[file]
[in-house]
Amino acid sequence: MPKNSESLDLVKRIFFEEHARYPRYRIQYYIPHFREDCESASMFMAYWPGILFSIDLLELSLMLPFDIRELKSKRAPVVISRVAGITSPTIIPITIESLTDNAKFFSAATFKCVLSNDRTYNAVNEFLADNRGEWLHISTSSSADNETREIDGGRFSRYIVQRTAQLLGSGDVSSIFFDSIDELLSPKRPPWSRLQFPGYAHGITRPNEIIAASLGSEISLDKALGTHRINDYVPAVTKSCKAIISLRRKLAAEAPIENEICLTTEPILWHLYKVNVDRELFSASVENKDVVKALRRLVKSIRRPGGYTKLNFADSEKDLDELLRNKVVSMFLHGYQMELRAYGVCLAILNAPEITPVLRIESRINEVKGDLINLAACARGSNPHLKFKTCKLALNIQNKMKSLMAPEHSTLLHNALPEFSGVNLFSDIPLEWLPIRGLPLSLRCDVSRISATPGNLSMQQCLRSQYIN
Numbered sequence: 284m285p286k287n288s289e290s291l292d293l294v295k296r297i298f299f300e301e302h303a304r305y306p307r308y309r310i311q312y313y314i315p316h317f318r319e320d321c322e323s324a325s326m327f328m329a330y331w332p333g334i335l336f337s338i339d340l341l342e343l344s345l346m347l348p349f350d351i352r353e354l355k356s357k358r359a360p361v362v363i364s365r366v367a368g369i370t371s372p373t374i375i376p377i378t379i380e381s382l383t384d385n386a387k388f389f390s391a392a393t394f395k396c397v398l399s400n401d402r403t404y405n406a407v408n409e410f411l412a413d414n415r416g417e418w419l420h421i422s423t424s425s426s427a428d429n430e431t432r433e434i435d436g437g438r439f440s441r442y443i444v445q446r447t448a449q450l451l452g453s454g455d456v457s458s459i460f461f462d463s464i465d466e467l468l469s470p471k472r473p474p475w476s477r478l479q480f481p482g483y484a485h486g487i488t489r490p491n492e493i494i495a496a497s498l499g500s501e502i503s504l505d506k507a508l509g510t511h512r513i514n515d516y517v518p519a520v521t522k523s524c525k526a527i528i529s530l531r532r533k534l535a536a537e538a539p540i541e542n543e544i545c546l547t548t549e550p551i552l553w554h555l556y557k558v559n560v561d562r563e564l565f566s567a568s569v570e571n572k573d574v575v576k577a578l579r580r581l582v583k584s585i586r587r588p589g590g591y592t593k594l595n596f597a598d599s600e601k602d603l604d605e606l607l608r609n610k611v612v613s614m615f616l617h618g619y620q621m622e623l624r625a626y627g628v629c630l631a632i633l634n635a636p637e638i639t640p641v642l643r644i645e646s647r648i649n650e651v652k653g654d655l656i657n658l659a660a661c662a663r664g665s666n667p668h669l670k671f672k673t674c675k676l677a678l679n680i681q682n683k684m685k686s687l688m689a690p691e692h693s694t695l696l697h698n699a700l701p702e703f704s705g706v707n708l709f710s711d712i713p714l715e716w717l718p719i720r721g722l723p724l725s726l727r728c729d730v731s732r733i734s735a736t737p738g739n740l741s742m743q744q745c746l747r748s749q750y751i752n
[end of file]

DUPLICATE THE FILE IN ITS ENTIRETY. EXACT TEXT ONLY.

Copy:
[in-house]
Amino acid sequence: MPKNSESLDLVKRIFFEEHARYPRYRIQYYIPHFREDCESASMFMAYWPGILFSIDLLELSLMLPFDIRELKSKRAPVVISRVAGITSPTIIPITIESLTDNAKFFSAATFKCVLSNDRTYNAVNEFLADNRGEWLHISTSSSADNETREIDGGRFSRYIVQRTAQLLGSGDVSSIFFDSIDELLSPKRPPWSRLQFPGYAHGITRPNEIIAASLGSEISLDKALGTHRINDYVPAVTKSCKAIISLRRKLAAEAPIENEICLTTEPILWHLYKVNVDRELFSASVENKDVVKALRRLVKSIRRPGGYTKLNFADSEKDLDELLRNKVVSMFLHGYQMELRAYGVCLAILNAPEITPVLRIESRINEVKGDLINLAACARGSNPHLKFKTCKLALNIQNKMKSLMAPEHSTLLHNALPEFSGVNLFSDIPLEWLPIRGLPLSLRCDVSRISATPGNLSMQQCLRSQYIN
Numbered sequence: 284m285p286k287n288s289e290s291l292d293l294v295k296r297i298f299f300e301e302h303a304r305y306p307r308y309r310i311q312y313y314i315p316h317f318r319e320d321c322e323s324a325s326m327f328m329a330y331w332p333g334i335l336f337s338i339d340l341l342e343l344s345l346m347l348p349f350d351i352r353e354l355k356s357k358r359a360p361v362v363i364s365r366v367a368g369i370t371s372p373t374i375i376p377i378t379i380e381s382l383t384d385n386a387k388f389f390s391a392a393t394f395k396c397v398l399s400n401d402r403t404y405n406a407v408n409e410f411l412a413d414n415r416g417e418w419l420h421i422s423t424s425s426s427a428d429n430e431t432r433e434i435d436g437g438r439f440s441r442y443i444v445q446r447t448a449q450l451l452g453s454g455d456v457s458s459i460f461f462d463s464i465d466e467l468l469s470p471k472r473p474p475w476s477r478l479q480f481p482g483y484a485h486g487i488t489r490p491n492e493i494i495a496a497s498l499g500s501e502i503s504l505d506k507a508l509g510t511h512r513i514n515d516y517v518p519a520v521t522k523s524c525k526a527i528i529s530l531r532r533k534l535a536a537e538a539p540i541e542n543e544i545c546l547t548t549e550p551i552l553w554h555l556y557k558v559n560v561d562r563e564l565f566s567a568s569v570e571n572k573d574v575v576k577a578l579r580r581l582v583k584s585i586r587r588p589g590g591y592t593k594l595n596f597a598d599s600e601k602d603l604d605e606l607l608r609n610k611v612v613s614m615f616l617h618g619y620q621m622e623l624r625a626y627g628v629c630l631a632i633l634n635a636p637e638i639t640p641v642l643r644i645e646s647r648i649n650e651v652k653g654d655l656i657n658l659a660a661c662a663r664g665s666n667p668h669l670k671f672k673t674c675k676l677a678l679n680i681q682n683k684m685k686s687l688m689a690p691e692h693s694t695l696l697h698n699a700l701p702e703f704s705g706v707n708l709f710s711d712i713p714l715e716w717l718p719i720r721g722l723p724l725s726l727r728c729d730v731s732r733i734s735a736t737p738g739n740l741s742m743q744q745c746l747r748s749q750y751i752n